Erin Gillespie presents paper at ISBM conference
Assistant Professor Erin Gillespie presented research on the economic, symbolic and human resource approach to sales management at the academic conference for marketing researchers and practitioners.
Erin Gillespie, assistant professor of marketing in the Martha and Spencer Love School of Business, presented “Economic, Symbolic, and Human Resource Approach to Sales Management: An Examination of the Specificity of Salesperson Experience and the Underlying Process” at the Institute for the Study of Business Markets biennial academic conference this past summer.
Son Lam, University of Georgia, and Stephanie M. Noble, University of Tennessee coauthored the paper with Gillespie.
The paper’s abstract reads: Salespeople are often responsible for a portfolio of products, with the company’s expectation that the salespeople will sell each of these products with an appropriate amount of time and effort. If products are not given the adequate amount of selling time, then those products are likely to suffer in performance, adversely affecting the company. As such, motivating salespeople to do their jobs effectively is a critical element in achieving salesperson and company success.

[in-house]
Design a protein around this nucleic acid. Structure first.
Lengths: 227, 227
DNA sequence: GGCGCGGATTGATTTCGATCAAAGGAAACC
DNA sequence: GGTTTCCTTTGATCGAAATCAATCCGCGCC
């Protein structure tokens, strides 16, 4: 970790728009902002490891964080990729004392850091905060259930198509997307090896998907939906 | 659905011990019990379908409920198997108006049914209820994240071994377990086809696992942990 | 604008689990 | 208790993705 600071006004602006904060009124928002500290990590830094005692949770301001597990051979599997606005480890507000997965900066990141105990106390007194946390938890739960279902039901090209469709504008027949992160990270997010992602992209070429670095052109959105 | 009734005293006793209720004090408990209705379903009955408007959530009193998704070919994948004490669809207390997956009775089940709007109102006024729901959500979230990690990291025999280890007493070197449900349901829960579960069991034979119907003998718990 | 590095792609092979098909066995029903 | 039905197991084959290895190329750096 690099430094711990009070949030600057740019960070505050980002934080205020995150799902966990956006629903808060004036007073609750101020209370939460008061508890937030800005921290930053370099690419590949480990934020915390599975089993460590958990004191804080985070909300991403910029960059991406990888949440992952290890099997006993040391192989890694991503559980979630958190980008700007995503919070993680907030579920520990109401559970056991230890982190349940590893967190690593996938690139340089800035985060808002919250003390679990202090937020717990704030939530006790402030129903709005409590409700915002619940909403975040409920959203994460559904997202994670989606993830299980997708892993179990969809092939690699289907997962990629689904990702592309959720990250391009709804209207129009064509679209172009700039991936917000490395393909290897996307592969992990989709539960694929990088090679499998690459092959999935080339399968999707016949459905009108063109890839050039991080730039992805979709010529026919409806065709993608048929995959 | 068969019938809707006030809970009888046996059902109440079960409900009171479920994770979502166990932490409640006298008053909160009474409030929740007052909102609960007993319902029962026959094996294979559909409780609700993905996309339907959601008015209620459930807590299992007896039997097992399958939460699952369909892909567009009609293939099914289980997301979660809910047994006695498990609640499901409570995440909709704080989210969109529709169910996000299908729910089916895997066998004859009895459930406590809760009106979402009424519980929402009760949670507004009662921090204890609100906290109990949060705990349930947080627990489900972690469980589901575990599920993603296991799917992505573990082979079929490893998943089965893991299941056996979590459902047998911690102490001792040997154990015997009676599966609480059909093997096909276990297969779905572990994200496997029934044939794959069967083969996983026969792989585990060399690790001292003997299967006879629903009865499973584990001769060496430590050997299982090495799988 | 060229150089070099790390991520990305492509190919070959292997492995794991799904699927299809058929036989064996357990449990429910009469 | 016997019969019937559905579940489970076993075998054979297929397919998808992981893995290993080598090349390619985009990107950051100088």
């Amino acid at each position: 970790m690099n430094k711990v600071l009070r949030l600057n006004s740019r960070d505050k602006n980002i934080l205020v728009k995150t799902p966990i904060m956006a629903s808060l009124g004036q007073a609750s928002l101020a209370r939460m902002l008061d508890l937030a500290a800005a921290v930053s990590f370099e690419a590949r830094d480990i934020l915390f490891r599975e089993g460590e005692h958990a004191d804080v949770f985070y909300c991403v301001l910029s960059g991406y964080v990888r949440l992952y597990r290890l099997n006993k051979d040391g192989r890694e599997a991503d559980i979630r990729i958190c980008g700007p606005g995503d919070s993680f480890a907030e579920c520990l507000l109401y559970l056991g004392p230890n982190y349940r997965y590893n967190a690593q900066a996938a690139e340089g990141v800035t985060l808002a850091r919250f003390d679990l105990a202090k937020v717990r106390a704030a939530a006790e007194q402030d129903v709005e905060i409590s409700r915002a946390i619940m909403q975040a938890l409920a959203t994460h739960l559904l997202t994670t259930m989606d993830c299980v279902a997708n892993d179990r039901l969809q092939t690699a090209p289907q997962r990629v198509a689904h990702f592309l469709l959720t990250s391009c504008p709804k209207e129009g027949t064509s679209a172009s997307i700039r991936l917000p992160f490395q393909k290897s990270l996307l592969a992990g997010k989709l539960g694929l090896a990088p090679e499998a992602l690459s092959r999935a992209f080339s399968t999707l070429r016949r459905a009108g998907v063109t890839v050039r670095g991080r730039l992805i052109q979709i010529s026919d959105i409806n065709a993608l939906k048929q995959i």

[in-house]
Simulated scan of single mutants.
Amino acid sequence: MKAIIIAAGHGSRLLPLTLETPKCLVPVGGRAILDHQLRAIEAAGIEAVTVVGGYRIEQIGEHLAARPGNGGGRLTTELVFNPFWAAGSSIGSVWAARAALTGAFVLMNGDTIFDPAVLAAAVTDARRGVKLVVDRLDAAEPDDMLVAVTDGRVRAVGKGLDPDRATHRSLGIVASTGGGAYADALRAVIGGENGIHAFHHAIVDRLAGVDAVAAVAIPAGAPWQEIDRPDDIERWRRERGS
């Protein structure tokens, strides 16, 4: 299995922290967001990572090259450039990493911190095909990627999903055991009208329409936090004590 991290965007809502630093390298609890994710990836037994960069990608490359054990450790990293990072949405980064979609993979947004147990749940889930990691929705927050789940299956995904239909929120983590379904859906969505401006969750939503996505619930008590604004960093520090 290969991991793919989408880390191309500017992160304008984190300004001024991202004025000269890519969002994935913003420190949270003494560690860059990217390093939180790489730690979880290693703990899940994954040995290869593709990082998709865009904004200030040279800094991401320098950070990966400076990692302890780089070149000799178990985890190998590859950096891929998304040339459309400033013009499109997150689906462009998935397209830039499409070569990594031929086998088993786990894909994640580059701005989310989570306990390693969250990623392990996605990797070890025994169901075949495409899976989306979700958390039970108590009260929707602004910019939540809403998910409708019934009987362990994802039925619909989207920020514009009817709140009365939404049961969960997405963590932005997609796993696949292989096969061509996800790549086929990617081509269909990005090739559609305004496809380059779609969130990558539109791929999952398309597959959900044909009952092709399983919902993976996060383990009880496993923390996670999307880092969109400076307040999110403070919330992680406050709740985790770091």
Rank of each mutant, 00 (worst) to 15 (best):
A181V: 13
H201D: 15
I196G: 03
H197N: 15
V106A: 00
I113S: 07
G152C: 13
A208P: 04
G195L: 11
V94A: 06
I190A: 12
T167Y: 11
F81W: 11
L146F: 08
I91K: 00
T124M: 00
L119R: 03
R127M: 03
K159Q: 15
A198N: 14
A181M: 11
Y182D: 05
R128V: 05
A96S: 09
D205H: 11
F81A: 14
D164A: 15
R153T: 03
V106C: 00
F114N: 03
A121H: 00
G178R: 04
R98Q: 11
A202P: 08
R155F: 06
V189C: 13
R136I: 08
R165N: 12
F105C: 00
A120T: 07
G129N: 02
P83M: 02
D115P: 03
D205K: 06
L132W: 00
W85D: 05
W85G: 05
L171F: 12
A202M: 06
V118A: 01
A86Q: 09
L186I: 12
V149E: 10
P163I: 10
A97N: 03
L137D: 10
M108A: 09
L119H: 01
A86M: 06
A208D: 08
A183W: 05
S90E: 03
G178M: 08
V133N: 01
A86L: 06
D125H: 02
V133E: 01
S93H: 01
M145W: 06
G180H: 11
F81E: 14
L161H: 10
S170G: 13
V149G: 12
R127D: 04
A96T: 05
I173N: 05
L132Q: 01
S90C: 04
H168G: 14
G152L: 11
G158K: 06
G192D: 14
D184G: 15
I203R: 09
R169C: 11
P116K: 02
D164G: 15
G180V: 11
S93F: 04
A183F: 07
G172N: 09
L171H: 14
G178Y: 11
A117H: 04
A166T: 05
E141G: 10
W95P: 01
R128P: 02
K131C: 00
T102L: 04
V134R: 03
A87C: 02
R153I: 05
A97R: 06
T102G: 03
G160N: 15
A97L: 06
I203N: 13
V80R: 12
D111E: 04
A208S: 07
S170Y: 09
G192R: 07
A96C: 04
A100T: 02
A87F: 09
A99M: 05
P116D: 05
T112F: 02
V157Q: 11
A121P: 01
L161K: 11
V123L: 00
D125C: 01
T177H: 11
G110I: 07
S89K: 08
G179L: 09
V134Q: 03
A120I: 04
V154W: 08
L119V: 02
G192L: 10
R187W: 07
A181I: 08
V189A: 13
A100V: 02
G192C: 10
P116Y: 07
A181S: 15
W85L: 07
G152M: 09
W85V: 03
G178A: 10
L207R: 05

This research examines (1) when the quota system (the economic approach), salesperson competitiveness trait (the Human Resource approach), and salesperson-product identification (the symbolic approach) are effective, and (2) perceived challenge and salesperson-product attachment as mediators of the effects of these three management approaches on salesperson product-specific effort.
Results from a multisource data set of salespeople and sales managers show that, other things equal, (1) quota system enhances salesperson product-specific effort by reducing perceived challenge and enhancing salesperson-product attachment, (2) salesperson-product identification and salesperson competitiveness enhance salesperson product-specific effort by boosting salesperson-product attachment. Three specific aspects of salesperson experience, namely experience with the company, experience with selling the product, and experience in sales, have differential moderating effects. First, the challenge-reducing effect of quota system is weaker among tenured salespeople. Second, salespeople who do not identify with the product perceive the product as more challenging to sell over time. Finally, competitive salespeople who are less experienced in sales are more likely to grow attached to the product than those who are more experienced in sales. These findings provide novel insights into the dynamics and the process of three very different approaches to manage salesperson effort and performance.
The Institute for the Study of Business Markets (ISBM), headquartered at Penn State, is a global network of researchers and member firm practitioners focused on advancing the state of the art and profitability of the practice of B-to-B marketing. The objective of their biennial conference is to develop new ideas and new ways to address the pressing issues at the interface of the B2B academic communities; generate new research approaches and ideas; and to provide a forum for interaction amongst the world’s leading B2B researchers.